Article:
Peregrine Falcon Chicks Hatch at St Albans Cathedral
Three Peregrine Falcon chicks hatched on St Albans Cathedral last week, with thousands of people logging onto the Cathedral’s webcam to view the new arrivals.
The pair of Peregrine Falcons that bred on the Cathedral for the first time in 2022, bred for a second year in a row and last month three eggs were laid. The first egg was laid within just hours of the feed from the Cathedral’s webcam going live and since then, the public have been engrossed in watching the birds’ behaviour, with the webcam receiving over 130,807 page views to date and visitors staying to watch for several minutes at a time. The Peregrine Falcons’ activity has also attracted attention from the ground, with bird watchers, photographers and other interested parties gathering for sightings of the birds of prey.
The three chicks hatched in a purposely installed nesting tray in a sheltered location very high up on the Cathedral and are being tended to by their parents – Alban and Boudica, named by the public in 2022. The Peregrine Falcon project is part of the larger Wilder St Albans project, a collaboration between Herts and Middlesex Wildlife Trust and St Albans City and District Council, which has been fully supported by the Cathedral and overseen by local ornithologist and licensed bird-ringer, Barry Trevis. Barry has monitored the birds since they first arrived in St Albans and offered experienced advice and consultation throughout.
Heidi Carruthers, Engagement Manager at Herts and Middlesex Wildlife Trust said: ‘We’re thrilled to see the chicks have hatched safely and, like so many others, we have been watching the webcam in anticipation of the big event. It’s heart-warming to see how the public have become invested in the Peregrine Falcons journey and now we’ll all be following them on to the chicks fledging.
‘Our Peregrine Watch events, which we’re hosting in the Cathedral grounds, with our friends from the RSPB, every weekend from now until mid-summer, will be a further opportunity for people to get a closer look at these majestic birds and learn more about them.’
Local ornithologist Barry Trevis added: ‘I was delighted to see the first chick had hatched in the early hours of Thursday last, followed closely by the two others over just a 12-hour period. If all goes well we can expect to see the chicks develop quickly by watching much feeding activity from the parents bringing in prey items over the 6 weeks or so until they fledge from the nest, likely to be from mid to late June. We can then look forward to sightings of five Peregrines perched on the Cathedral and then soaring above the City and it’s surrounds through the summer.’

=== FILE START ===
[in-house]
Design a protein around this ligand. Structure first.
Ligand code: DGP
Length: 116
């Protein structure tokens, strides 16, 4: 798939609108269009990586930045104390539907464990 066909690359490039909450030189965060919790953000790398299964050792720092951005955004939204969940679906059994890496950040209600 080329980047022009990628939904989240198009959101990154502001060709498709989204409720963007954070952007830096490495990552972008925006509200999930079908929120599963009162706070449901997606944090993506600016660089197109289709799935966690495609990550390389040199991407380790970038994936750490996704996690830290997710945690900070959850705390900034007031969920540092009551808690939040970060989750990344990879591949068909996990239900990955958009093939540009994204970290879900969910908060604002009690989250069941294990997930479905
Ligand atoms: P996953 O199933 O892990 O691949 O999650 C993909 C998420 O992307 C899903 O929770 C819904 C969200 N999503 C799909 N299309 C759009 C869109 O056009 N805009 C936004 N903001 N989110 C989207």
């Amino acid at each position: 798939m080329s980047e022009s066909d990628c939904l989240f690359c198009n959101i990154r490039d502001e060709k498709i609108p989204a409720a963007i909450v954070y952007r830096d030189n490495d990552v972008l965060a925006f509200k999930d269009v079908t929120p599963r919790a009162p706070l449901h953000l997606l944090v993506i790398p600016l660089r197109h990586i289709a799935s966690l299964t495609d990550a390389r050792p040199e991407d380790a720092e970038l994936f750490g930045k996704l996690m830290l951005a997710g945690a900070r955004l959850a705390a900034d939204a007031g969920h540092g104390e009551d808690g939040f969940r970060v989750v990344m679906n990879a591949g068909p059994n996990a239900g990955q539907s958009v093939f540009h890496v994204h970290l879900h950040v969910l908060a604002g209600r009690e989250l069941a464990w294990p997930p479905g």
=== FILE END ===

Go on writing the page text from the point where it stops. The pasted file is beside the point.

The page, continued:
The adult peregrine is a powerful bird of prey with blue/grey plumage, a white face and a contrasting black moustache, who is extremely quick and agile. It holds the record for being not only the fastest bird in the world, but also the fastest member of the animal kingdom with a diving speed in excess of 200 miles per hour.
Numbers of the species fell through the first half of the twentieth century to critical levels in the 1960’s but today peregrine falcons are protected by law as a Schedule 1 listed species of The Wildlife and Countryside Act. With it now being an offence to disturb the birds in any way, their numbers are slowly increasing – albeit with an estimated 1,700 breeding pairs nationwide their recovery still has a way to go.
Peregrine falcons are only found in a small number of isolated spots in the South-east of England and the St Albans pair are one of only five pairs breeding in Hertfordshire. The birds normally mate for life and can remain loyal to their nest site each year, so it is hoped that this breeding pair will continue to remain at the Cathedral and add to the numbers of the species.
Kevin Walton, Canon Chancellor of St Albans Cathedral said: ‘We are very pleased to welcome our new Peregrine Falcons to their temporary home in the Cathedral, and as they prepare to take to the skies, we wish upon them God’s blessing. Congratulations also to parents, Alban and Boudica!’
It is hoped that there may be first sightings of chicks on the Cathedral from mid-June.
Viewers can follow the progress of the Peregrine Falcon family on the Cathedral’s webcam, which has been sponsored by Leica, visit www.stalbanscathedral.org/peregrine-live-cam. For more information about Peregrine Watch, visit www.hertswildlifetrust.org.uk/events.
The Trust is also running a FREE online ‘How to sketch Peregrines’ event on 6 June, visit www.hertswildlifetrust.org.uk/events/learn-sketch-peregrines-online-6jun23 to register.
Image © Barry Trevis